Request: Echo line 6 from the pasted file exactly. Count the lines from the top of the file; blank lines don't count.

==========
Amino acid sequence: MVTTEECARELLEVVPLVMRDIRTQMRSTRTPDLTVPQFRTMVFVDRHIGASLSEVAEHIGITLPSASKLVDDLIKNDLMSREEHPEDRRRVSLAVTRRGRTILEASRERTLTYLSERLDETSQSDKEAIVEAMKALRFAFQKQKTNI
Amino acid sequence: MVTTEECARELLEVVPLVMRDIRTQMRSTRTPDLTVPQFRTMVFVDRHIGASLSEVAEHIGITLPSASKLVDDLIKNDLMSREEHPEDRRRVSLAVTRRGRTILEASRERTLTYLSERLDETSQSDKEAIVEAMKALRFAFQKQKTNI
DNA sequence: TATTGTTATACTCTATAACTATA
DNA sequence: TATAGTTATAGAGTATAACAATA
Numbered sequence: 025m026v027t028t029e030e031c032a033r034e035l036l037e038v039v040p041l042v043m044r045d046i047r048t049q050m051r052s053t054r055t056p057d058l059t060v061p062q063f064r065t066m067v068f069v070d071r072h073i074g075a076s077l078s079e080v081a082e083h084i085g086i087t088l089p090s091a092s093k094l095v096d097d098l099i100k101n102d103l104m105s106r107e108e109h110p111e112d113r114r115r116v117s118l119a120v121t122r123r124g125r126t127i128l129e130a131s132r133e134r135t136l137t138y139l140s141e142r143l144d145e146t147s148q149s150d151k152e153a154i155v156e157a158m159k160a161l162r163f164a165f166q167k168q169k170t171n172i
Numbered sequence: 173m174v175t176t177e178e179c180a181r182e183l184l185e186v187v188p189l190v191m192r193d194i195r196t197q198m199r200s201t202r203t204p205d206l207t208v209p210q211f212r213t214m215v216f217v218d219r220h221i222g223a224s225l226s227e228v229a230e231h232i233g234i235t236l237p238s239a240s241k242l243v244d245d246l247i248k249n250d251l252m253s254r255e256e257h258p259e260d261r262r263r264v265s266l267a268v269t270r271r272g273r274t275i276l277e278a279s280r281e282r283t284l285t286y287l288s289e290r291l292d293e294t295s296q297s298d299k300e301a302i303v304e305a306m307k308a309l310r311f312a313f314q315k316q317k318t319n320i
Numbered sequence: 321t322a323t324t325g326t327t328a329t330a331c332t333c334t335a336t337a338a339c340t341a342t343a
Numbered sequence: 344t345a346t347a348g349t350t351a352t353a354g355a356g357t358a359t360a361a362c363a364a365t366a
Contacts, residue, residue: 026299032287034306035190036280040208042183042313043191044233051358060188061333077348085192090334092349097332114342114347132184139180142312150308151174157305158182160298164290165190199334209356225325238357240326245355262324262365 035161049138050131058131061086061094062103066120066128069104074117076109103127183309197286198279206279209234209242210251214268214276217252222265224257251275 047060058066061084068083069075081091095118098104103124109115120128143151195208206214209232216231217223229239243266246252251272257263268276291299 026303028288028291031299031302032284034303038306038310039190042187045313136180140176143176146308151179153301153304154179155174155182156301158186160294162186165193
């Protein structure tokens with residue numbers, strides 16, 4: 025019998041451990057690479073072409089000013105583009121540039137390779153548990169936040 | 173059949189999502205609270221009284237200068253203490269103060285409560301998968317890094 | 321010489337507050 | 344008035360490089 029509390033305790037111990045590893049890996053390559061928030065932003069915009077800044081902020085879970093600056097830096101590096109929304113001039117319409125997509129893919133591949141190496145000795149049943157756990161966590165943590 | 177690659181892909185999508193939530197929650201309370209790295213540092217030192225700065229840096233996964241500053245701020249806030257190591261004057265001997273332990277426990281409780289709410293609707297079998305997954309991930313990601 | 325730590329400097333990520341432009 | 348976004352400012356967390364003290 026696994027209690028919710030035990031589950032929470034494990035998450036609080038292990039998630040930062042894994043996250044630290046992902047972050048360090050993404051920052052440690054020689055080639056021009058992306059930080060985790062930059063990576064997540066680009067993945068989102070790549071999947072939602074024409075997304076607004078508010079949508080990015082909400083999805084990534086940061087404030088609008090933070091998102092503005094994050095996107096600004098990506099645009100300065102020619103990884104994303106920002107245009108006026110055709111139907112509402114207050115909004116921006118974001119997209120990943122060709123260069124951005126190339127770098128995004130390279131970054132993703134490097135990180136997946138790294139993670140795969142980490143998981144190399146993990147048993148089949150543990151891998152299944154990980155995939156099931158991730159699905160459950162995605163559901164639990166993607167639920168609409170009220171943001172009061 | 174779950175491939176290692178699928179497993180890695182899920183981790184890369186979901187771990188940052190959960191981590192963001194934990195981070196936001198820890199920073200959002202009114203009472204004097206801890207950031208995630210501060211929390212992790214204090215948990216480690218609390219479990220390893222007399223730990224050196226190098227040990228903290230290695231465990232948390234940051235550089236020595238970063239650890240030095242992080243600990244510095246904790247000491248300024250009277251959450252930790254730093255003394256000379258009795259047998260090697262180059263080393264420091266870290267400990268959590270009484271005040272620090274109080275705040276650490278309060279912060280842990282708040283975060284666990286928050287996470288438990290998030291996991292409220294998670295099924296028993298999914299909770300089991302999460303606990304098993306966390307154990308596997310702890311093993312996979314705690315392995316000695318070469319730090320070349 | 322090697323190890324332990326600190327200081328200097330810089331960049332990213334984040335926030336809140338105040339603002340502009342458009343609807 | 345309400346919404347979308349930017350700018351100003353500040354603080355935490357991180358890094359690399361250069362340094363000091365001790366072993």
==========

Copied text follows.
Numbered sequence: 173m174v175t176t177e178e179c180a181r182e183l184l185e186v187v188p189l190v191m192r193d194i195r196t197q198m199r200s201t202r203t204p205d206l207t208v209p210q211f212r213t214m215v216f217v218d219r220h221i222g223a224s225l226s227e228v229a230e231h232i233g234i235t236l237p238s239a240s241k242l243v244d245d246l247i248k249n250d251l252m253s254r255e256e257h258p259e260d261r262r263r264v265s266l267a268v269t270r271r272g273r274t275i276l277e278a279s280r281e282r283t284l285t286y287l288s289e290r291l292d293e294t295s296q297s298d299k300e301a302i303v304e305a306m307k308a309l310r311f312a313f314q315k316q317k318t319n320i